More likely, in regards to his own healthcare, Donald may view himself as the “expert” as it is his body.

Regardless, of interest may be his inclusion of “Dirt Leaf Tea” as a “liquid” under “stomach”. Donald shared that it was a drink his father makes to help settle the stomach. He is unsure if it actually contains “dirt” or not but he said it works and works fast. While putting faith in medicine (pills, antacids, drugs), he also recognized treatments such as teas, lemonades and family elixirs.

This is the diagram developed by Donald in response to the term "Treatments for Illness".
This is the diagram developed by Donald in response to the term "Treatments for Illness". | Source

American Medical Professional

David – Male (Age 48)

David is a married man of 48 years old with 3 children. He is a D.O, or Doctor of Osteopathy. He claims a D.O. “looks at the patient as a whole person and not just a disease.” Raised in Florida, David earned his B.S. degree from Stetson University and graduated from the Southeastern College of Osteopathic Medicine in 1990. He is licensed to practice in Florida and is currently a partner in a successful family medical practice in the State.

David’s chart starts out very physician-centric. In fact, he views the types of treatments solely from the view of his ability to perform the treatment. Even those treatments which he describes as “what the patient does” are only accomplished under his direction. David controls the medical process, even those actions of his patient. He includes “Lifestyle Modifications” which place a burden for treatment back onto the patient.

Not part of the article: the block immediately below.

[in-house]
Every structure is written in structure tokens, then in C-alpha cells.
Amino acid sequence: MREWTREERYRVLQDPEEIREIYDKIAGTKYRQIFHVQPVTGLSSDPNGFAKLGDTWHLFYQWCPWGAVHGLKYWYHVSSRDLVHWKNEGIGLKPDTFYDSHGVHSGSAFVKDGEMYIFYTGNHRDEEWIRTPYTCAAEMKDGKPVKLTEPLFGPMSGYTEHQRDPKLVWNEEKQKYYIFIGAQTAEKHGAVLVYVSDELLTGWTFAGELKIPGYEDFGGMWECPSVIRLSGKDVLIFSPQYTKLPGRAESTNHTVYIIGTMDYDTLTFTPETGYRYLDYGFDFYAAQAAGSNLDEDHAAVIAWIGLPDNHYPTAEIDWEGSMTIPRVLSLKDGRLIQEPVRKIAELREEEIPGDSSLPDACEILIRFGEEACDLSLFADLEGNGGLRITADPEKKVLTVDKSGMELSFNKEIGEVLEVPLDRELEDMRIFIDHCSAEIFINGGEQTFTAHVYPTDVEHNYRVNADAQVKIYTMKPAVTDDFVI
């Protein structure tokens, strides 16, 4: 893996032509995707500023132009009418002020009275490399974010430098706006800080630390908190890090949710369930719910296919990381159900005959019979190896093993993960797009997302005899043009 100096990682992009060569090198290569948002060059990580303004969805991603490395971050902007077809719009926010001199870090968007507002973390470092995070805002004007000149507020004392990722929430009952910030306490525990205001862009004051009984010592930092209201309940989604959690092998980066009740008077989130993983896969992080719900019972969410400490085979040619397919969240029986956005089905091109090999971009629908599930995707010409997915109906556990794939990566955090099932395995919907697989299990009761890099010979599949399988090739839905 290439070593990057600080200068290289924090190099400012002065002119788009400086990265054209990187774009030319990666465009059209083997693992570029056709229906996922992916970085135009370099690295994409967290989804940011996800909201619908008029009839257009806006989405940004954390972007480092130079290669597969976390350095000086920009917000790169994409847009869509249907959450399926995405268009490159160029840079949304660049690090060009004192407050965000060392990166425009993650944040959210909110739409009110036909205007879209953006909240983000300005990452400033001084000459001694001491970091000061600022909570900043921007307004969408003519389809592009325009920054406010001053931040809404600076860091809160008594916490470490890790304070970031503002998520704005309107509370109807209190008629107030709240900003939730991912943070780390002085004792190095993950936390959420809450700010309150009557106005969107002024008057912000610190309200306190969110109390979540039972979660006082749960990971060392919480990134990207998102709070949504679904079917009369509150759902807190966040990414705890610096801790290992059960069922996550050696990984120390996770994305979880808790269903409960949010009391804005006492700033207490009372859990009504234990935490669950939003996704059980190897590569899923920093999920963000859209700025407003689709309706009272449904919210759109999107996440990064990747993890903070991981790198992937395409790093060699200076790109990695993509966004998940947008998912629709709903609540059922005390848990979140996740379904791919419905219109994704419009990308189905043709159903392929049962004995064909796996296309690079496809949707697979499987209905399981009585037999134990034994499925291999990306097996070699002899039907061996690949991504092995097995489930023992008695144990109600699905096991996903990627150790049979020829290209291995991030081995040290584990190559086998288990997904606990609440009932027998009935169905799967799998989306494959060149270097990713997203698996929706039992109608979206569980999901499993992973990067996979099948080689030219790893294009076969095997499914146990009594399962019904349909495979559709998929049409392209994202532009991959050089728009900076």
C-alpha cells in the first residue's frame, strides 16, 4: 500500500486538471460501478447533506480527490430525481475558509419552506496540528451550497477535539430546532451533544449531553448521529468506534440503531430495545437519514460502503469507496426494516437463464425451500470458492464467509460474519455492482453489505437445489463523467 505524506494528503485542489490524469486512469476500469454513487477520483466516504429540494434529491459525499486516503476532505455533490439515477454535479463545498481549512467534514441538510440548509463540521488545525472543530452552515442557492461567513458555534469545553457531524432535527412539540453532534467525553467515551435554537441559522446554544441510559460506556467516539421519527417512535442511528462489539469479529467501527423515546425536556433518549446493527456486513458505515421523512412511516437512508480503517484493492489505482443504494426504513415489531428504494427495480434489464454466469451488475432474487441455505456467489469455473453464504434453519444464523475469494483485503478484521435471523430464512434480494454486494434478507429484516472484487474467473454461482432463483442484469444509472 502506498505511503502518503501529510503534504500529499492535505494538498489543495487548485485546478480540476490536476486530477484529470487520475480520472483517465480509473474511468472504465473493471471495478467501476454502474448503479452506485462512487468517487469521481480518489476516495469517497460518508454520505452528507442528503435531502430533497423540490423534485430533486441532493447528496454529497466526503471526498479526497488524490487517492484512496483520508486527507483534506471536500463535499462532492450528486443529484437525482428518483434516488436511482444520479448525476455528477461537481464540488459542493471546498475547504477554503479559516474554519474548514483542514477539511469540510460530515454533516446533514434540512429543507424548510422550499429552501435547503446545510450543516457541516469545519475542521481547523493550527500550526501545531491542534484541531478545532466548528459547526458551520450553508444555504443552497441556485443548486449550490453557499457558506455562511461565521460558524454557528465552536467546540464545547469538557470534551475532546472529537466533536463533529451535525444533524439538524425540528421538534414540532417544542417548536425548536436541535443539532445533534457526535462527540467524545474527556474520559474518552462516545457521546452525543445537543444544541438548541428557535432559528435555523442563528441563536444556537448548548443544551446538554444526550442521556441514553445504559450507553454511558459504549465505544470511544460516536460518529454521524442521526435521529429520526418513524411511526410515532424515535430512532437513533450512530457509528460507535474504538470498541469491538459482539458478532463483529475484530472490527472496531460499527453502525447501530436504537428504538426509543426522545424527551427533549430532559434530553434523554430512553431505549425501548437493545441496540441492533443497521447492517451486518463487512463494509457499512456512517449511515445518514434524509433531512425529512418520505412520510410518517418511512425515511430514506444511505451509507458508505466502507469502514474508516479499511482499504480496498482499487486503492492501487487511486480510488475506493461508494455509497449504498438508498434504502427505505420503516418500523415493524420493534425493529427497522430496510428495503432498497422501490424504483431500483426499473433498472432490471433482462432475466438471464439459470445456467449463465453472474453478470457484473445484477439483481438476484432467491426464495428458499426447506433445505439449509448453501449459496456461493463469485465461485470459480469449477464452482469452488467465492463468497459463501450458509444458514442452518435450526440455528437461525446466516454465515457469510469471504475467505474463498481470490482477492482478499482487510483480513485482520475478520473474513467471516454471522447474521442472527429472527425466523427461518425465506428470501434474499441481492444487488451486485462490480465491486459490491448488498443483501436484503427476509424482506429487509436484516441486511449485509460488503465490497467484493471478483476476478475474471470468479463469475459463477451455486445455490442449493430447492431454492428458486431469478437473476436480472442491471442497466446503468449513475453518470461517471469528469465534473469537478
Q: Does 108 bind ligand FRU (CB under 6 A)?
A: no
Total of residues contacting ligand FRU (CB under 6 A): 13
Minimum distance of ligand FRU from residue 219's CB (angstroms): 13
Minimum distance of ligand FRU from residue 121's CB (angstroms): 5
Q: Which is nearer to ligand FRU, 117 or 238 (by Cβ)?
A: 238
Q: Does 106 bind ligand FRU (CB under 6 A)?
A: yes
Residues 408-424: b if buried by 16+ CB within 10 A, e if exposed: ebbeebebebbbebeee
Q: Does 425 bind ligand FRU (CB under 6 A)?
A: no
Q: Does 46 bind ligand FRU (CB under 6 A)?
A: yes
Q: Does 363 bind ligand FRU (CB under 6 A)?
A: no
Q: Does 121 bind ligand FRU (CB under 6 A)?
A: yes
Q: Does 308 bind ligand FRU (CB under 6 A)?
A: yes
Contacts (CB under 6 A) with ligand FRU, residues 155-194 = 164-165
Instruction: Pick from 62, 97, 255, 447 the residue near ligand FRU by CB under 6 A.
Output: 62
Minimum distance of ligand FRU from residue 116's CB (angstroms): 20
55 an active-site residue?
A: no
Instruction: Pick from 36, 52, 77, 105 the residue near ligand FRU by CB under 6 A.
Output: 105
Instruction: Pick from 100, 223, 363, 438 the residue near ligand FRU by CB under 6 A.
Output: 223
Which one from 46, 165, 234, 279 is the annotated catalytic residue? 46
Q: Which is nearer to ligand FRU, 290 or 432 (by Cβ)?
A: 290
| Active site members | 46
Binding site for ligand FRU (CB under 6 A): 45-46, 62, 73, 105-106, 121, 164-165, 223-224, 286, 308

Of great interest is that David breaks down “Medicine” to “On Formulary” and “Off Formulary”. This shows the pressure that is placed from the insurance companies when prescribing medication. This could affect medical treatment as the best medication may not be prescribed but the one that will be covered by the insurance.

David also places value on the length of illness. He is concerned with whether the illness is “acute” or “chronic.” This can often speak to his perception of the severity of the illness. Also, being a D.O., David is concerned with the body as an integrated whole and he claims to understand how an illness in one part of the body can affect another. Recognizing that David has different treatments for illnesses according to the time since onset, coupled with his philosophy of viewing the body as a whole, one can conclude that David might tend to be a more conservative physician.

While maintaining control over the treatment plan of the patient, David does also recognize his own limitations. There are some treatment options that require surgery or physical therapy. The treatments for illness, while directed by David, will include a team of other experts and the patient. David recognizes that, ultimately, success requires a collaborative effort with himself as the quarterback.

This is the diagram developed by David in response to the term "Treatment for Illness".
This is the diagram developed by David in response to the term "Treatment for Illness". | Source